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The Hardcore Rock Band Players Keeping the Game Alive

Looking at the state of things now, it’s hard to imagine there was a time when the plastic instrument rhythm game was a billion-dollar industry with multiple yearly releases. Harmonix, the developers of the Rock Band franchise, were once a small company producing well received but ill-fated rhythm games Frequency and its sequel Amplitude. Former Harmonix CEO Alex Rigopulos said he had been told by a Sony Production Manager that during focus testing, Amplitude scored the worst “pre play ‘interest score’” of any game they had ever tested, but also scored the highest “intent to purchase” of any game Sony had ever tested also. The fate of their original properties is a good analogy for what happened to Harmonix as a developer. 

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RedOctane, a hardware manufacturer largely known for making third-party Dance Dance Revolution pads, had seen the success of Konami’s ‘Guitar Freaks’ arcade machines in Japan and approached Harmonix for developing a game like it for western audiences to pair with a guitar controller of their own creation. After the massive success of the first two Guitar Hero games, Activision bought out RedOctane, holders of the Guitar Hero IP, but did not bring in Harmonix. This allowed MTV to buy out Harmonix, prompting them to expand into their own original game, Rock Band. Activision CEO Bobby Kotick was later quoted saying he regretted not bringing in Harmonix to continue developing the Guitar Hero franchise. Ultimately, it was probably for the best that Harmonix was able to go off on their own and create competition between the two.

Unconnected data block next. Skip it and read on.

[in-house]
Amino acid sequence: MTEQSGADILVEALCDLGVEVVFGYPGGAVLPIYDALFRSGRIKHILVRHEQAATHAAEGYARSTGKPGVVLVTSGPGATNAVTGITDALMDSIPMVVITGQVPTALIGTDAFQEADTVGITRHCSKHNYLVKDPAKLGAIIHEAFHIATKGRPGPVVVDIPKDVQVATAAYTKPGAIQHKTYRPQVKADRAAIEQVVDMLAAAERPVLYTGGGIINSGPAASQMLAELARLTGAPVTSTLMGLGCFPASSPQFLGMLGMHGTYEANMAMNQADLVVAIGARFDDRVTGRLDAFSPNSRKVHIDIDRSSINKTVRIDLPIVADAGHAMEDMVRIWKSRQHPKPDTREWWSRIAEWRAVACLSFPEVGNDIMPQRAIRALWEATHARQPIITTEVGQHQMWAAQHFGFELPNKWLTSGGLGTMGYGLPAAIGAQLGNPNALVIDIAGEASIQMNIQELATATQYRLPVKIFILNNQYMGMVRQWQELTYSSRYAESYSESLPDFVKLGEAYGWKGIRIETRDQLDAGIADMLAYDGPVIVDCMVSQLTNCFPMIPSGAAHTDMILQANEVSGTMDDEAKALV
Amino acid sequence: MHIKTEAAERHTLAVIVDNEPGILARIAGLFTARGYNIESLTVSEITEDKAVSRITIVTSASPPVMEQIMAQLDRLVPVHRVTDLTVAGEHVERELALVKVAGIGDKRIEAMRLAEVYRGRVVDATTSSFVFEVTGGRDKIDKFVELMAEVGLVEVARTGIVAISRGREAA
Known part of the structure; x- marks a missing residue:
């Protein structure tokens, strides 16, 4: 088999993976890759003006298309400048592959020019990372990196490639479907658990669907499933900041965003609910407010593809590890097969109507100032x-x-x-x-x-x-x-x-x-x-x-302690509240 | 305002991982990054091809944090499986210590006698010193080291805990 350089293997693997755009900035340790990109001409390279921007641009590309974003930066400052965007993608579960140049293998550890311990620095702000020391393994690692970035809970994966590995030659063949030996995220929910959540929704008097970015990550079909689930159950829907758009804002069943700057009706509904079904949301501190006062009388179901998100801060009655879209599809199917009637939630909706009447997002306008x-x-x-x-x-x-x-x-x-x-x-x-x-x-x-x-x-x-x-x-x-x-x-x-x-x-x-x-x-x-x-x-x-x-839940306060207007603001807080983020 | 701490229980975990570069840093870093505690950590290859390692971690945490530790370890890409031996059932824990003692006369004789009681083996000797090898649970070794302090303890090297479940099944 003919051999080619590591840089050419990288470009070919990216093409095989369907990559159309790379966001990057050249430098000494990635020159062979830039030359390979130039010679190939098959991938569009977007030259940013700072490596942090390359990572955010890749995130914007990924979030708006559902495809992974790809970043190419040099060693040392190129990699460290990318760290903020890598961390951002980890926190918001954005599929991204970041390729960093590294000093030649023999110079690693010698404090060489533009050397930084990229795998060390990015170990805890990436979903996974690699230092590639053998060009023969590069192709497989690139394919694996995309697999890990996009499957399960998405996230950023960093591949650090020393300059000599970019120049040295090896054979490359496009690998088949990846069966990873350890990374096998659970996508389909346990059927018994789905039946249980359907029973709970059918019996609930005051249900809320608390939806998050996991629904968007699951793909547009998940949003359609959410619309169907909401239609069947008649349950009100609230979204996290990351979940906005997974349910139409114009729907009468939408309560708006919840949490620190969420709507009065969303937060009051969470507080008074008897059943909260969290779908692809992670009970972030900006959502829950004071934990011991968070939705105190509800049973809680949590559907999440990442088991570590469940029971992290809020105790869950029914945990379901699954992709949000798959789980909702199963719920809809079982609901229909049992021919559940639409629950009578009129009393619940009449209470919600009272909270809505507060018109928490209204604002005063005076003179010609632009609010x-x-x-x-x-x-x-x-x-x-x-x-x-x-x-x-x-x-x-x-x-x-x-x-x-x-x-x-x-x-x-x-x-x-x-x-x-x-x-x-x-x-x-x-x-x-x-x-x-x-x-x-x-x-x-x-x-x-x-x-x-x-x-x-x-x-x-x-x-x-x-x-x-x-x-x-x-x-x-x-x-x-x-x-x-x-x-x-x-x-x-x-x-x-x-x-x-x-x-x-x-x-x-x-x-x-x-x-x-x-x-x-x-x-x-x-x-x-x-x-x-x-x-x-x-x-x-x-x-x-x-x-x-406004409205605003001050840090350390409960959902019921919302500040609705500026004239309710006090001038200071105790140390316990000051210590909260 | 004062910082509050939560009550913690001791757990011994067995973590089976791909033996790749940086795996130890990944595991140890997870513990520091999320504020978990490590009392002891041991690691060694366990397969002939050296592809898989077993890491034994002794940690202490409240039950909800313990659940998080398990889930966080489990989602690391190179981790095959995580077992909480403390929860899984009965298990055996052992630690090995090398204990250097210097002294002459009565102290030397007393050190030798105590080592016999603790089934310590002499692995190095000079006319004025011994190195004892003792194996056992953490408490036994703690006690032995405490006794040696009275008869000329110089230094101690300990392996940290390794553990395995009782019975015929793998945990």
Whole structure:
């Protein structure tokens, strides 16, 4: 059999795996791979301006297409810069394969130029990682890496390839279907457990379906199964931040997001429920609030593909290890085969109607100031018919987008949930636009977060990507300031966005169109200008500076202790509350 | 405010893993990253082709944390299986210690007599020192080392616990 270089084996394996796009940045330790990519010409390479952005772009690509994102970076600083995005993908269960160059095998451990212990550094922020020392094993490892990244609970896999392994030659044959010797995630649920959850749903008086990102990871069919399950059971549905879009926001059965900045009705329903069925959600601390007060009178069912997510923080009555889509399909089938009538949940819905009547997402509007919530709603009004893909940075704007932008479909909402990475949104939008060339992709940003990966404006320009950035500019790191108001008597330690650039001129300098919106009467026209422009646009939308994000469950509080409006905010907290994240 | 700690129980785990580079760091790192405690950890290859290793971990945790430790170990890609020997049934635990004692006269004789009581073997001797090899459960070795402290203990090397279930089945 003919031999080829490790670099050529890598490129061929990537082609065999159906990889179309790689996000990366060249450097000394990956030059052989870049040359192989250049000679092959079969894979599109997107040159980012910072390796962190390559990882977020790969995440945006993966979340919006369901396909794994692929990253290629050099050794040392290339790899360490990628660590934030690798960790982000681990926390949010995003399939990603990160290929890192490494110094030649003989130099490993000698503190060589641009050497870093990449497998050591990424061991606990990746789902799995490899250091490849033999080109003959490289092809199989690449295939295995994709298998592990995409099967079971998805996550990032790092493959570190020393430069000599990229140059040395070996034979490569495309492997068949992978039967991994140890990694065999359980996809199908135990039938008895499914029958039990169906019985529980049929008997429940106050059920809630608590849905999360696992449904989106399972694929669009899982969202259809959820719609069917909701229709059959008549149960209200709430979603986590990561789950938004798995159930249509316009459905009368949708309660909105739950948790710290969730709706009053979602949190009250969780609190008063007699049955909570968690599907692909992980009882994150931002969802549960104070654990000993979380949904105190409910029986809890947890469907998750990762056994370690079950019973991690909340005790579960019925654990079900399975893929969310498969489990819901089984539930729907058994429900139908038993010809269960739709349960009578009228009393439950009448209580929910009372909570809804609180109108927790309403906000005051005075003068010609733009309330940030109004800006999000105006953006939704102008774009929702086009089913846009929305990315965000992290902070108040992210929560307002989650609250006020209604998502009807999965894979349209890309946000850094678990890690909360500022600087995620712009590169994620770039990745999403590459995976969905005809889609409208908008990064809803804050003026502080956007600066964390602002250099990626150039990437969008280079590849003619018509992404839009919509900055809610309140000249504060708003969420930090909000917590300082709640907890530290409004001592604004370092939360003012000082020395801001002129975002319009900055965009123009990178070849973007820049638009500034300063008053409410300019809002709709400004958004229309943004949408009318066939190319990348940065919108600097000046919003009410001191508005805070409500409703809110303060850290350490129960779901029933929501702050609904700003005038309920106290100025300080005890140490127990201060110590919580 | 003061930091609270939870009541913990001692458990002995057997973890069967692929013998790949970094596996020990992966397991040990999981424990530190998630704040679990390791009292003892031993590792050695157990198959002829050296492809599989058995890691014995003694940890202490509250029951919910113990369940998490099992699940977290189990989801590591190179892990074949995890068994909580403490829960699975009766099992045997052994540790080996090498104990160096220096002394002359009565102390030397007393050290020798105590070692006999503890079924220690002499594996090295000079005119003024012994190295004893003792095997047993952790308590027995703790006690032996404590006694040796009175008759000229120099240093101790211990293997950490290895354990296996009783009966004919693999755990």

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When Rock Band launched in 2007, it quickly distanced itself from Guitar Hero by having better track charting, more instruments, and copious amounts of great downloadable content compared to their competitor. Activision fell into the habit of releasing a side-game any time they felt they had a good amount of extra content they wanted to put out. In the end, this flooded the market and exhausted long-time fans who had any loyalty to the brand. 

Just as quickly as the genre came it vanished. There are a few factors that played into this. While Activision flooded the market with minor Guitar Hero releases, this was hardly the only reason. Plastic instruments took up a lot of space on store shelves and were an expensive luxury during the 2008 recession in the United States. This was aside from the fact that once you had already spent a decent amount of money acquiring the instruments, you were much less likely to keep buying new ones if you didn’t have to. Eventually, the casual players who had latched onto the craze left it just as quickly, and Rock Band ended with the third game’s release in 2010. Harmonix continued to support the game with DLC in the following years leading up to the series’ attempted revival with Rock Band 4 in 2015.